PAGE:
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Peregrine Bird

Identification of Peregrine Bird

Peregrine Bird 1 Length: 38-46cm Wingspan: 89-113cm Call: "khhe'khhe'khhhe'khhe"

Peregrine bird is a powerful medium-large falcon, very adept in the air and agile in flight. While there are subtle sexual plumage differences, a greater difference is the size, the (Peregrine bird) female being 15 per cent larger and up to 40 per cent heavier than the male. The upperparts of Peregrine bird are slate-grey, with a paler blue-grey on the rump that contrasts with the darker, closely banded tail. On the head, the grey of the upperparts merges into the black crown and broad black moustachial stripe, which forms a distinctive black hood. The throat, cheek and remaining underparts are white, and from the lower breast to the vent it is closely barred with black, which may appear grey at range. The female should show a more extensive white breast than the male, contrasting quite strongly with the barred belly, a feature which in both sexes is visible at great range.

Habitat of Peregrine Bird

Peregrine birds are widespread and are able to utilize a wide variety of habitats, although this is often strongly related to the availability of secure nesting sites. Peregrine bird occurs over all kinds of open country and typically nests on crags and rocky outcrops in moorland and mountainous areas, and also on coastal cliffs. Some pairs will use tall buildings in urban areas, and overall they are very adaptable. Their main prey is small- to medium-sized birds, which are taken on the wing after a chase, often following a very steep and fast stoop with the wings held close to the body.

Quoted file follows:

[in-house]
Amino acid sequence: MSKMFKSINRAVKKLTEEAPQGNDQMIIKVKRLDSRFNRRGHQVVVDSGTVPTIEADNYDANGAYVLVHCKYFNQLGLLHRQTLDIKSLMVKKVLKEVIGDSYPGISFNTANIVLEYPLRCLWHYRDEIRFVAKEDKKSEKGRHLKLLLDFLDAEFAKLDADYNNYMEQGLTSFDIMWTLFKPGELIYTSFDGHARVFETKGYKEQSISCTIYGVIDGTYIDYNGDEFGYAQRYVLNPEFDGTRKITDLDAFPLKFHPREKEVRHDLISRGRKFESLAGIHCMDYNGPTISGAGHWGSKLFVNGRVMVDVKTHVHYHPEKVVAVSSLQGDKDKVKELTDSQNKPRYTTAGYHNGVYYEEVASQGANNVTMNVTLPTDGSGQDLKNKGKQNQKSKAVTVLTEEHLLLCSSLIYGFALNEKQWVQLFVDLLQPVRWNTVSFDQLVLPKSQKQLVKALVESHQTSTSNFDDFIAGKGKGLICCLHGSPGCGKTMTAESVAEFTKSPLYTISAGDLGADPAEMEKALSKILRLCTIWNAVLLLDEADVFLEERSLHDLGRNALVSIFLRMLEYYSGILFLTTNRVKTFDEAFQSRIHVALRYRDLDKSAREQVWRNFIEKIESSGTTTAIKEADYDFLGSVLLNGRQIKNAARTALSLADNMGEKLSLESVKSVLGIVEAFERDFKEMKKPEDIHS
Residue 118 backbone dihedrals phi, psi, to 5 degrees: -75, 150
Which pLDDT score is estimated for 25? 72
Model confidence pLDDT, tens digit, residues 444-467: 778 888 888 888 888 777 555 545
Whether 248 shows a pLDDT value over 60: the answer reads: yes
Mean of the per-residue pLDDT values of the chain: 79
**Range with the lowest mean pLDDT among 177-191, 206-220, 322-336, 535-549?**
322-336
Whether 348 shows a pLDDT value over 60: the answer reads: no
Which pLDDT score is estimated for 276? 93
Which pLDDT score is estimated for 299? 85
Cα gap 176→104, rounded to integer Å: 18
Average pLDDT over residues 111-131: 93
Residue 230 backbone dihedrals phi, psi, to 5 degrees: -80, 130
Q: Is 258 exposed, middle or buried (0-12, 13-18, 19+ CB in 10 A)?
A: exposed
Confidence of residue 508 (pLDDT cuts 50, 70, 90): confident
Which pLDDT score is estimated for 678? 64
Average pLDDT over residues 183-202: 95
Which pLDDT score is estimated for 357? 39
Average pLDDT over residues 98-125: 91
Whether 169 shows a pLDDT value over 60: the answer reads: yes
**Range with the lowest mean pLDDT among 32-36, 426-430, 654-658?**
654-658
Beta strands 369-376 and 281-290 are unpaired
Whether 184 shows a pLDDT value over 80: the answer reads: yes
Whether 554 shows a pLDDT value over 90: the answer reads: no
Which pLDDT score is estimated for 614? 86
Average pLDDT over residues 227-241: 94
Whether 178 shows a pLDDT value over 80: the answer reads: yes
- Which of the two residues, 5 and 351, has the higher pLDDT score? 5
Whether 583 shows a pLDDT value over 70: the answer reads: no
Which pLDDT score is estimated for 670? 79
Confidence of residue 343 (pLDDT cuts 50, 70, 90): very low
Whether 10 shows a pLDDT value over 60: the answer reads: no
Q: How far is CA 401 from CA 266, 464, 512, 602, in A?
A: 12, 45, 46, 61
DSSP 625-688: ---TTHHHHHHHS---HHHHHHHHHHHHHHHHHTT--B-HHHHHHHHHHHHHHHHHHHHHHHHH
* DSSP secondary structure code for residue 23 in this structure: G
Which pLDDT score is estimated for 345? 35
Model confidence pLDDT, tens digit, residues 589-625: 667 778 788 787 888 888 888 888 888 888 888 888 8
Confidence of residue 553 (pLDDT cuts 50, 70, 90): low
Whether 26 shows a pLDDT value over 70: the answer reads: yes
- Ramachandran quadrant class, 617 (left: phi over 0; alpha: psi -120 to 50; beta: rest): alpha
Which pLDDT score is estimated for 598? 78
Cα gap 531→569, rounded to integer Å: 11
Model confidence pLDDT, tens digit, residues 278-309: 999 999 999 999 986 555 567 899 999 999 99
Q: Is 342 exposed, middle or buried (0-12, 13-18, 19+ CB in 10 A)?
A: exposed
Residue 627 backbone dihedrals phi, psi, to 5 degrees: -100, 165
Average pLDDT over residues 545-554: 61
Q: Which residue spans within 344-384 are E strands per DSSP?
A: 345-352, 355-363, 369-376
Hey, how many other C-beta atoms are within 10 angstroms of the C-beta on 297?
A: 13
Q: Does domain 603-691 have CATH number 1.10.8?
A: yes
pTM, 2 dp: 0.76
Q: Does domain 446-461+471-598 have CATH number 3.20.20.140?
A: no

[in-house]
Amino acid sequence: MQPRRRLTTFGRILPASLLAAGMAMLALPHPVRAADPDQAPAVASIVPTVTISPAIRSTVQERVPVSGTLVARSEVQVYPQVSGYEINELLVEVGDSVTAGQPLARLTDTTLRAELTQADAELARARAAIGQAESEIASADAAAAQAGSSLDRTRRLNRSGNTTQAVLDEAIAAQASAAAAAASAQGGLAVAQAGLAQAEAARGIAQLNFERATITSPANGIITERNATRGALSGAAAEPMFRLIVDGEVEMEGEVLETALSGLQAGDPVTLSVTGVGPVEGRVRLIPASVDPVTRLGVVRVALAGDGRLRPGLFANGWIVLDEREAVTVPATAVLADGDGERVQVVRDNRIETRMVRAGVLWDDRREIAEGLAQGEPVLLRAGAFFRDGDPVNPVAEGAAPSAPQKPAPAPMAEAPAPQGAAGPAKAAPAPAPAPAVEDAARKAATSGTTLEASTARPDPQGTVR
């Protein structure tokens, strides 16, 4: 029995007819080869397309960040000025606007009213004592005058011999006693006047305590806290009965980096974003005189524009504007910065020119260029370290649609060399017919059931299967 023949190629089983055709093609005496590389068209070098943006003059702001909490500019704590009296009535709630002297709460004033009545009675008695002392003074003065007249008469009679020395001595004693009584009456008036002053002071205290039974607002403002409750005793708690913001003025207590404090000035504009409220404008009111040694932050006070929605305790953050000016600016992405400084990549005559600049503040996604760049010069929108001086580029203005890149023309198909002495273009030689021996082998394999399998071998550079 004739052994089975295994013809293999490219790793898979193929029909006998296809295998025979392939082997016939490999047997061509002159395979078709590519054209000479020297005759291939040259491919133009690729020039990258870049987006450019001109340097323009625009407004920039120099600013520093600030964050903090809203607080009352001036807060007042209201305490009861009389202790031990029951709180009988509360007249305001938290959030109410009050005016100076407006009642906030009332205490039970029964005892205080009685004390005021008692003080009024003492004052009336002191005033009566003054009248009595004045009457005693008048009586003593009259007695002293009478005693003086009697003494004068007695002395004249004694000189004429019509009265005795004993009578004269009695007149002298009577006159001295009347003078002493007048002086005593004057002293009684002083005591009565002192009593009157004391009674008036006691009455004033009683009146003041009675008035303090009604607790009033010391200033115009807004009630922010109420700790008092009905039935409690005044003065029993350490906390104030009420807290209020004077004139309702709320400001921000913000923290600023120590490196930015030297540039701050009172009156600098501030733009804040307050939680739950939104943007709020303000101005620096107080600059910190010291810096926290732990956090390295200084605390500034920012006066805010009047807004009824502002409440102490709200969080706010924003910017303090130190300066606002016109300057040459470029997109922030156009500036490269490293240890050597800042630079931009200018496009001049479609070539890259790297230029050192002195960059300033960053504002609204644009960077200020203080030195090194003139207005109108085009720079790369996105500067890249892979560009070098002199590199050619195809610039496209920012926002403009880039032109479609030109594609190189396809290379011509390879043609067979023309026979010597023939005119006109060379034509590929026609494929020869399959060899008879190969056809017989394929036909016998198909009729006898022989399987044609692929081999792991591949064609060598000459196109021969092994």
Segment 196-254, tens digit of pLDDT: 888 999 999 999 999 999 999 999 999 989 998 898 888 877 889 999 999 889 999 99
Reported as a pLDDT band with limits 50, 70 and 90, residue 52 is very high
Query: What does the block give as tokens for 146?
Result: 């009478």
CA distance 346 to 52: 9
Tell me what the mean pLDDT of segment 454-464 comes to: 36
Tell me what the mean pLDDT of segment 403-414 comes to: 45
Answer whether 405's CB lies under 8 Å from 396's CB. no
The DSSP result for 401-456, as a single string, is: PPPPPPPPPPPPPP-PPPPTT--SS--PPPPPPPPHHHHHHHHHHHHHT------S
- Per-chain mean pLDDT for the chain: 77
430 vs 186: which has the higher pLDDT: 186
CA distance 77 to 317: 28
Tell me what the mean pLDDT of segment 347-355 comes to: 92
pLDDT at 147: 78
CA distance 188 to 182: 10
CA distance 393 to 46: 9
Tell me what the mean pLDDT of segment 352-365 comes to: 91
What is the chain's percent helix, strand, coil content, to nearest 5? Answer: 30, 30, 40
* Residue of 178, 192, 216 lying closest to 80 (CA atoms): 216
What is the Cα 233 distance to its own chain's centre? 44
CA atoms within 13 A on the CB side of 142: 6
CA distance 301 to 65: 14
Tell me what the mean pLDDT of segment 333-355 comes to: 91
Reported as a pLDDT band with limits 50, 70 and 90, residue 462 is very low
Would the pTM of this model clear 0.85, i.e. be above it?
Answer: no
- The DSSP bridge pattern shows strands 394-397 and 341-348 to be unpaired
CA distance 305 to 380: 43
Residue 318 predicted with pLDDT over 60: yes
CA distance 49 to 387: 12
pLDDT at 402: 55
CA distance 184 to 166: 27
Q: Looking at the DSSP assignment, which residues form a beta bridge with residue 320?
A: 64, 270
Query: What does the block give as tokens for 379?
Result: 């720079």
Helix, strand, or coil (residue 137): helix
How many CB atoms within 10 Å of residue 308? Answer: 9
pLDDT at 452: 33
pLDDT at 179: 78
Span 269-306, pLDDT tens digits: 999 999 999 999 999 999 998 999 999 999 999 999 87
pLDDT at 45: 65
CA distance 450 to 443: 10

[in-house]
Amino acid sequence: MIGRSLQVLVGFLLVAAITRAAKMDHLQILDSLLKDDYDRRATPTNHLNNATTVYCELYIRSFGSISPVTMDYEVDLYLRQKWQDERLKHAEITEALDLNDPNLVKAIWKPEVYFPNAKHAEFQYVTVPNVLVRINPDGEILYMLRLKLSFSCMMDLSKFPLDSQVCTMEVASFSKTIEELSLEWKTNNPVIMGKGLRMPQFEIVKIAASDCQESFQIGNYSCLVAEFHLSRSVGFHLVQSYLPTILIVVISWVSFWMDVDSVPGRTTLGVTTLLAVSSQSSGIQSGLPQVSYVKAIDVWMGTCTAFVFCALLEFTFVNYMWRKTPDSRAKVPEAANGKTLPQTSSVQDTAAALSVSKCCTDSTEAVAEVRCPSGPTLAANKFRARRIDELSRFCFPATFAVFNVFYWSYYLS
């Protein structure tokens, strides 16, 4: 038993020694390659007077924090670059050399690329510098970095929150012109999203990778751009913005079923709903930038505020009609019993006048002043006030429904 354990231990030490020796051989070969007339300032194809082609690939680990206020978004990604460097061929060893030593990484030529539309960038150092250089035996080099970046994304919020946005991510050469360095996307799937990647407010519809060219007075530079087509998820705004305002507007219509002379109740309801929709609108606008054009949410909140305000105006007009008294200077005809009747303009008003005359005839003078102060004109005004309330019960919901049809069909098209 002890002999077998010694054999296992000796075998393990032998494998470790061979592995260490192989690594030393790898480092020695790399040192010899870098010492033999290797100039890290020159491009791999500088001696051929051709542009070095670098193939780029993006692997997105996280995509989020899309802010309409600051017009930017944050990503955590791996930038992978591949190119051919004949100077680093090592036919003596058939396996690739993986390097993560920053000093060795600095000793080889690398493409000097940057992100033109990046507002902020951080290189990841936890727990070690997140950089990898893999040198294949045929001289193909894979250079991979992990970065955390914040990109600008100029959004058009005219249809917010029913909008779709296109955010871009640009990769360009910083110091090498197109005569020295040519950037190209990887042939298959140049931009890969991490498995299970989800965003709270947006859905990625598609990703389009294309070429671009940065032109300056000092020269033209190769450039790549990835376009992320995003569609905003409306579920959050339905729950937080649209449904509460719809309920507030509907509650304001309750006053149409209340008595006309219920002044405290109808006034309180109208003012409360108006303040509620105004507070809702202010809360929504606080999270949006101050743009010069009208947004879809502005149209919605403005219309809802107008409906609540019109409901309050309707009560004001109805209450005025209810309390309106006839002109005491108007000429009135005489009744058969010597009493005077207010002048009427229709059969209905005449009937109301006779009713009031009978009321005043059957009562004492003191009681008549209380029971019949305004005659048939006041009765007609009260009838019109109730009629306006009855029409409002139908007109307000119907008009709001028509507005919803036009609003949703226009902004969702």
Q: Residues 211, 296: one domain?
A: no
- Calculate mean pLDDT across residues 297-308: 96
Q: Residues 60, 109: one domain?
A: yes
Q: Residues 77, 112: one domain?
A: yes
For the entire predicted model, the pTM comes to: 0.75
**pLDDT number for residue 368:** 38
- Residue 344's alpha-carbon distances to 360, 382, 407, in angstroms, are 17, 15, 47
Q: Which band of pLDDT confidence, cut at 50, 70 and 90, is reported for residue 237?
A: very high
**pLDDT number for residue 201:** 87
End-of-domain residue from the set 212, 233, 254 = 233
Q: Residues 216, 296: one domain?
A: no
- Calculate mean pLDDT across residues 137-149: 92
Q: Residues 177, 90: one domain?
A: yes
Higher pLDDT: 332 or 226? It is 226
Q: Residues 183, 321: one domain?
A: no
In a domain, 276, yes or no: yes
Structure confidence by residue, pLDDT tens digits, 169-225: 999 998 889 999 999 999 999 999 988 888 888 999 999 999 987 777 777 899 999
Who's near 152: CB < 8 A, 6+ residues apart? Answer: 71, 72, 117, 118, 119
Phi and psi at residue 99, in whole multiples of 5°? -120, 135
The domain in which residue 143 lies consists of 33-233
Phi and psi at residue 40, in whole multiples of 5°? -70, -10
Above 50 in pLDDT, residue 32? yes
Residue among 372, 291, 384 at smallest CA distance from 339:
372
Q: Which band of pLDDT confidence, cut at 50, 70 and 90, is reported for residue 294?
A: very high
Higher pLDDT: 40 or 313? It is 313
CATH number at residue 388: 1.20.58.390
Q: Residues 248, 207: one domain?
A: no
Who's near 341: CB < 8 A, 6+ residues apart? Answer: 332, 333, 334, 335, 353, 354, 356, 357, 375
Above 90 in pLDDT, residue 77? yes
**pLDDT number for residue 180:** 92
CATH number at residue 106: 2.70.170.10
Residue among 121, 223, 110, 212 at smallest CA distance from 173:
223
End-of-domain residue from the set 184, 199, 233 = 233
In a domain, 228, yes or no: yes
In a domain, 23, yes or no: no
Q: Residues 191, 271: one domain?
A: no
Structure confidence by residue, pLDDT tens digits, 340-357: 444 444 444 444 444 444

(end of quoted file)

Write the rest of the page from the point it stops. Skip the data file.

Song / call of Peregrine Bird

Peregrine Bird 2

Peregrine bird mostly silent away from breeding areas, where it can be quite vocal, particularly when disturbed. The most frequently heard call of Peregrine bird is perhaps the harsh persistent "khhe'khhe'khhhe'khhe" or "rehhk-rehhk-rehhk", which becomes faster and shorter when alarmed, such as "kak-kak-kak-kak". There is also a begging "wheeeer-kheeeer-kheeeer...", and another call described as a 'rusty hinge' sound, given in greeting and courtship, such as "ee'Yukh ee'Yukh ee'Yukh" or "ee-chip". A variant on this is used in antagonistic situations, "klee-CHIP" when coming from the male, and "klee-CHUCK" from the female.